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The making of a strongman

[ 2011-02-28 12:48]     字号 [] [] []  
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The making of a strongman

This is IN THE NEWS in VOA Special English.

Moammar Gadhafi came to power in Libya on September 1st, 1969. He led a military overthrow while King Idris was away. Early relations with the United States were generally good, says Bruce St John, the author of seven books on Libya.

BRUCE ST JOHN: "In the early years, he was very much focused on Arab nationalism, Arab unity, Arab socialism. And in fact, the United States government in the first two or three years -- maybe even until 1974 -- there were people in the United States government who thought we could work with the man and work with his regime. It was only later that he began to employ terrorist-type techniques, not only in North Africa and the Middle East, but eventually throughout the world."

Colonel Gadhafi distrusted his own generals, so over the years he built up special brigades. He built these forces with his sons and members of the military loyal to his native tribe and its allies. He also brought in foreign forces -- African mercenaries.

During the 1970s, he tried to unite Libya with other Arab countries. Experts say that was also when he began to provide aid to what some governments considered terrorist organizations. These included the Irish Republican Army and the Abu Nidal Group.

The making of a strongman

Relations with the United States fell to an all-time low during the 1980s when Ronald Reagan was president. He called Colonel Gadhafi "the mad dog of the Middle East."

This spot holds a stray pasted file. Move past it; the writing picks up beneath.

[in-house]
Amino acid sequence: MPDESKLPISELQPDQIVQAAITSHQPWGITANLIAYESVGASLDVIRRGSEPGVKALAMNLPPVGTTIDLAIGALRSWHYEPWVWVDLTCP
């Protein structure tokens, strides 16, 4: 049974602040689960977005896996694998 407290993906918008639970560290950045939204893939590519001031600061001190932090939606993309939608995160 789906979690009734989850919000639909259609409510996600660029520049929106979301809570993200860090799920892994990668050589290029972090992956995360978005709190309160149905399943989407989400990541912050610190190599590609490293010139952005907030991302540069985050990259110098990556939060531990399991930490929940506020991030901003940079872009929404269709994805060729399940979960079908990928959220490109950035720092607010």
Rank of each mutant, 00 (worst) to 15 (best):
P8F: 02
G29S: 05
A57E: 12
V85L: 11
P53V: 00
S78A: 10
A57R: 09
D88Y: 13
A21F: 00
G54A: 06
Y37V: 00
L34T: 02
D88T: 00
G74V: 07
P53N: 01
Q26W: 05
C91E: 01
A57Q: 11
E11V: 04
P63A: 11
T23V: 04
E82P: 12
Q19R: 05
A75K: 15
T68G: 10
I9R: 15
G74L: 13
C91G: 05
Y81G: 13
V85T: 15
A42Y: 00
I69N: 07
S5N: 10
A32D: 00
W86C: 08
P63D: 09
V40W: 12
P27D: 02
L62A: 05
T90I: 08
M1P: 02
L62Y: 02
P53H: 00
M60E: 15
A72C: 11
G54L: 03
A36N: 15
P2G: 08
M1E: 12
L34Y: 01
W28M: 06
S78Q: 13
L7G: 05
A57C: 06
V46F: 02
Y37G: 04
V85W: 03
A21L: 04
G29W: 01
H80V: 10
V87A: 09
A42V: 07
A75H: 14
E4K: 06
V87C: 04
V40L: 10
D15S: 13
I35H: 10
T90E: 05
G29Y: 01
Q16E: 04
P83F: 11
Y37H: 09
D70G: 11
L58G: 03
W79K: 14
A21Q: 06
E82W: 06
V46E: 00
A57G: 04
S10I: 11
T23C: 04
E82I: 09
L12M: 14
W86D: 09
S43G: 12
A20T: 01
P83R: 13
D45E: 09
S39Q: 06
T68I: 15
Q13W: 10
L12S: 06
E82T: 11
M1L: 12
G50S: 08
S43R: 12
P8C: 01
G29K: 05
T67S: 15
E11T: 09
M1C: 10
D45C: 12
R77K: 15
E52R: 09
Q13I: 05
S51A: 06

Author Bruce St John points to two events from that time. In December of 1985, terrorists attacked the Rome and Vienna airports. And in April of 1986, a bomb exploded at a West Berlin discotheque popular with American troops. Two soldiers died.

BRUCE ST JOHN: "Gadhafi and his regime -- the evidence was somewhat murky -- but the United States government believed that they were involved in both of those instances. And it was particularly the La Belle discotheque incident that led the Reagan administration to take a decision to punish the Gadhafi regime and put it on notice that we no longer tolerate that kind of activity."

American planes attacked targets in Benghazi and Tripoli. Many people were killed, including the adopted daughter of Colonel Gadhafi.

In 1988, a bomb blew up Pan Am Flight 103 over Lockerbie, Scotland. Two hundred seventy people died, including many Americans. Another bombing took place the following year on a French plane over Niger.

Libya refused to surrender suspects in the two bombings. Libya faced years of United Nations sanctions until it finally surrendered the two suspects in the Lockerbie bombing.

One of them, Abdel Baset al-Megrahi, was found guilty. But Scotland released him in 2009, saying he was dying of prostate cancer. He is still alive.

In 2003 -- the year of the American-led invasion of Iraq -- Moammar Gadhafi became more cooperative with Western countries. He agreed to pay the final amount of money owed to families of the Lockerbie bombing victims. And he announced that Libya was ending its programs to make weapons of mass destruction.

The United States reopened diplomatic relations with Libya in 2006, but waited three more years to send an ambassador.

And that's IN THE NEWS in VOA Special English. For more news, go to voaspecialenglish.com. I'm Steve Ember.

brigade: a group of people who share the same opinions or are similar in some other way(主张相同或其他某方面相似的)伙,帮,派

discotheque: 迪斯科舞厅(或舞会等)

prostate: a small organ in men, near the bladder, that produces a liquid in which sperm is carried 前列腺

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(来源:VOA 编辑:崔旭燕)